Differences between “May Presume” “Shall Presume” And “ Conclusive Proof"

Updated: Jun 1

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Prof.(Dr.) Priya Sepaha

Director, Law Colloquy,

Author, Trainer, blogger, Youtuber

Meaning of presumption

As per the dictionary, the meaning presumption is ‘an idea that is taken to be true on the basis of probability’ or ‘the act of believing that something is true without having any proof’.

In the law of evidence, a presumption of a particular fact can be made without the aid of proof in some situations. The invocation of a presumption shifts the burden of proof from one party to the opposing party in a court trial.

Presumptions are either of law or fact. Presumptions of fact are inferences which the mind naturally and logically draws from given facts, irrespective of their legal effect. A presumption is a rule where if one fact which is known as the primary fact is proved by a party then another fact which is known as the presumed fact is taken as proved if there is no contrary evidence of the same. It is a standard practice where certain facts are treated in a uniform manner with regard to their effect as proof of certain other facts.

Presumptions can be classified into certain categories:

  1. Presumption of fact

  2. Presumption of law

  3. Mixed presumption

According to Section 114 of The Indian Evidence Act-

The Court may presume the existence of any fact which it thinks likely to have happened, regard being had to the common course of natural events, human conduct and public and private business, in their relation to the facts of the particular case.

Different types of presumption of law have been provided in section 4.

“May Presume”

The word “may” itself denote ‘expressing possibility’ or ‘expressing or seeking permission’.

The presumptions under the first clause of Section 4 (May Presume) may also be called as “Presumptions of Fact”; “Natural Presumptions”. “Permissive Presumptions”; “Rebuttalble Presumptions”. These presumptions do not constitute a branch of jurisprudence.

According to the first clause of Section 4, whenever it is provided by this Act that the Court may presume a fact,-

(i) It may either regard such fact as proved, unless and until it is disproved; or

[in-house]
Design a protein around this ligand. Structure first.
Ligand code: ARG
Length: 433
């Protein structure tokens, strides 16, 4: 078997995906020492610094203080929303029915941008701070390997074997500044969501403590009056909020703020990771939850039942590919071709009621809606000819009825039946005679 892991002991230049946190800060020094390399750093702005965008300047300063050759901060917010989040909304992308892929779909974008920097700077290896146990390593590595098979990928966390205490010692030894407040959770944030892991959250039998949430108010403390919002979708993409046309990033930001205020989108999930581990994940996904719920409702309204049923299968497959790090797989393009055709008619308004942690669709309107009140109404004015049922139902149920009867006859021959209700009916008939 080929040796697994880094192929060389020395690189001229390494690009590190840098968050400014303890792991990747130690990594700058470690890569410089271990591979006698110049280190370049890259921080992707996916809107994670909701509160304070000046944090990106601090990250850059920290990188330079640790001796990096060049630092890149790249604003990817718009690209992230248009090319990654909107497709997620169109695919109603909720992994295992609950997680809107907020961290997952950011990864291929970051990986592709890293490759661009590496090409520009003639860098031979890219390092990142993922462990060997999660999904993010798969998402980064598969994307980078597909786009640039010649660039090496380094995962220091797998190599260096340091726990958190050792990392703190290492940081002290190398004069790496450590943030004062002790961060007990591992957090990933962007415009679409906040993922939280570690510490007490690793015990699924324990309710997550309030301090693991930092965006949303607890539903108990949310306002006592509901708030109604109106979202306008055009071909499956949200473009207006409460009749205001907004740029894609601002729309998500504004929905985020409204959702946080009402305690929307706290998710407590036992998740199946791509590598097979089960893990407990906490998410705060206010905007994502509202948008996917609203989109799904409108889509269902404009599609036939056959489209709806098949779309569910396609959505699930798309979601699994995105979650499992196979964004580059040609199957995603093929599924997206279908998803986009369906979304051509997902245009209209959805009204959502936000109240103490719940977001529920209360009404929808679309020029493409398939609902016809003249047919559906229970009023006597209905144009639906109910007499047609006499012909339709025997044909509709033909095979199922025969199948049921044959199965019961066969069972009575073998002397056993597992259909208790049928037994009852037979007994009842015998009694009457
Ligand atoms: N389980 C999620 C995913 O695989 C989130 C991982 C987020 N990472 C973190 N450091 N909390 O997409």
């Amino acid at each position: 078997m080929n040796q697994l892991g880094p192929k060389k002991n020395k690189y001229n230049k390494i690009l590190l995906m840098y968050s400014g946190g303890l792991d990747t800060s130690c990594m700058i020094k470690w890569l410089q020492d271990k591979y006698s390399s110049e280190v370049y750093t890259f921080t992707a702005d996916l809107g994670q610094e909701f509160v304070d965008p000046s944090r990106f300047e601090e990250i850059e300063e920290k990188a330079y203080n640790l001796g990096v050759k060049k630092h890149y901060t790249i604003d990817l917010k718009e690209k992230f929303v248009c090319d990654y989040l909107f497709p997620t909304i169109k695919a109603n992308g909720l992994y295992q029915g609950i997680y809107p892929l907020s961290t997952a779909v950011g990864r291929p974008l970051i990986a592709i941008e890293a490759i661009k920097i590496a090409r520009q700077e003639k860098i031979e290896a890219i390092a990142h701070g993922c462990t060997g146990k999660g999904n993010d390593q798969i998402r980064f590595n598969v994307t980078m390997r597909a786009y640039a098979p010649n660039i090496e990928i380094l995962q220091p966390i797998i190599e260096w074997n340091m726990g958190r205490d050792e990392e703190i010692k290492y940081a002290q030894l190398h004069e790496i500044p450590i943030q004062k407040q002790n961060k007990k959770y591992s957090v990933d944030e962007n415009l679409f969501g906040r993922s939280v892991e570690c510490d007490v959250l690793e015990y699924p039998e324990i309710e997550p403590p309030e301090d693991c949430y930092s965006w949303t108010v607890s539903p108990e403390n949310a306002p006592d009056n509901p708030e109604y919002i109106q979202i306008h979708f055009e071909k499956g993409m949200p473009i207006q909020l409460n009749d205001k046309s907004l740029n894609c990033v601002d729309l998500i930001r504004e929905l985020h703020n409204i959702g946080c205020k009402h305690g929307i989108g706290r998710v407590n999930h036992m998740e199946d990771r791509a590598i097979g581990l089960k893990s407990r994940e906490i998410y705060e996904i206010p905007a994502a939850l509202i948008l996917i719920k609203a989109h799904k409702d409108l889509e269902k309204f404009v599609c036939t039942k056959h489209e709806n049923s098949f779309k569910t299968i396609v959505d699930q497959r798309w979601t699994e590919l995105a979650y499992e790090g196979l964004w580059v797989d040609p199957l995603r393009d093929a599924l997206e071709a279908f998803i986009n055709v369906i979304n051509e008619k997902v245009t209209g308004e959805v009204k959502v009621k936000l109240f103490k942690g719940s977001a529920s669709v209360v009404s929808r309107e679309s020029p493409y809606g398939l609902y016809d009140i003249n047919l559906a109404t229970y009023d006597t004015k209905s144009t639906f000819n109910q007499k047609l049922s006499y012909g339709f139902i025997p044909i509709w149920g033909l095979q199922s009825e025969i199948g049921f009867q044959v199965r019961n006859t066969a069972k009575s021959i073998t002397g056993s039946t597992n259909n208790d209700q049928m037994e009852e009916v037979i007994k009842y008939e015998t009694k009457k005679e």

(ii) It may call for proof of it.

The word provided in the first clause is weaker than the word directed in the second clause.


The Court may presume-

a. That judicial and official acts have been regularly performed;

b. That the common course of business has been followed in particular cases;

c. That a man who is in possession of stolen goods soon after the theft is either the thief or has received the goods knowing them to be stolen, unless he can account for his possession;

Sections 86 to 90-A, 113-A, 114 and 114-A of the Evidence Act provide the necessary presumptions for “may presume”.

“Shall Presume”

The word ‘shall’ itself denotes a “strong assertion or intention or determination”. The presumptions under the Second Clause of Sec. 4 (Shall Presume) may also be called as “Presumptions of Law”; “Artificial Presumptions”, “Obligatory Presumptions”; “Rebuttable Presumptions of Law”. These presumptions constitute a branch of jurisprudence.

According to the second clause of Sec. 4, whenever it is directed by this Act that the Court shall presume a fact, it shall regard such fact as proved, unless and until it is disproved.

The word directed in the second clause is stronger and determinative than the word provided in the first clause. The expression shall presume gives no discretion to the Court, but to accept a fact as proved, unless and until it is disproved.

Sections 79 to 85-C, 89 and 105,111-A, 113-B of the Evidence Act provide necessary presumptions for “shall presume”.

Whenever there is a provision to the effect “that the court shall presume a fact” the court cannot exercise its discretion. It is compelled to take the fact as proved, i.e., it shall have to presume the fact. But in this case, the court will be at liberty to allow the opposite party to adduce evidence to disprove the fact so presumed and if the opposite party is successful in disproving it, the court shall not presume the fact.

“Conclusive proof ”

The word ‘conclusive’ itself denotes a “proving that something is true”, or “ending any doubt”.

When one fact is declared by this Act to be conclusive proof of another, the Court shall, on proof of the one fact, regard the other as proved, and shall not allow evidence to be given for the purpose of disproving it.

When the law says that a particular kind of evidence would be conclusive, that fact can be proved either by that evidence or by some other evidence that the court permits or requires. When such other evidence is adduced, it would be open to the court to consider whether, upon that evidence, the fact exists or not.

The phrase ‘Conclusive proof is found in Sections 41, 112, and 113 of the Evidence Act and S. 82 of the Indian Penal Code.

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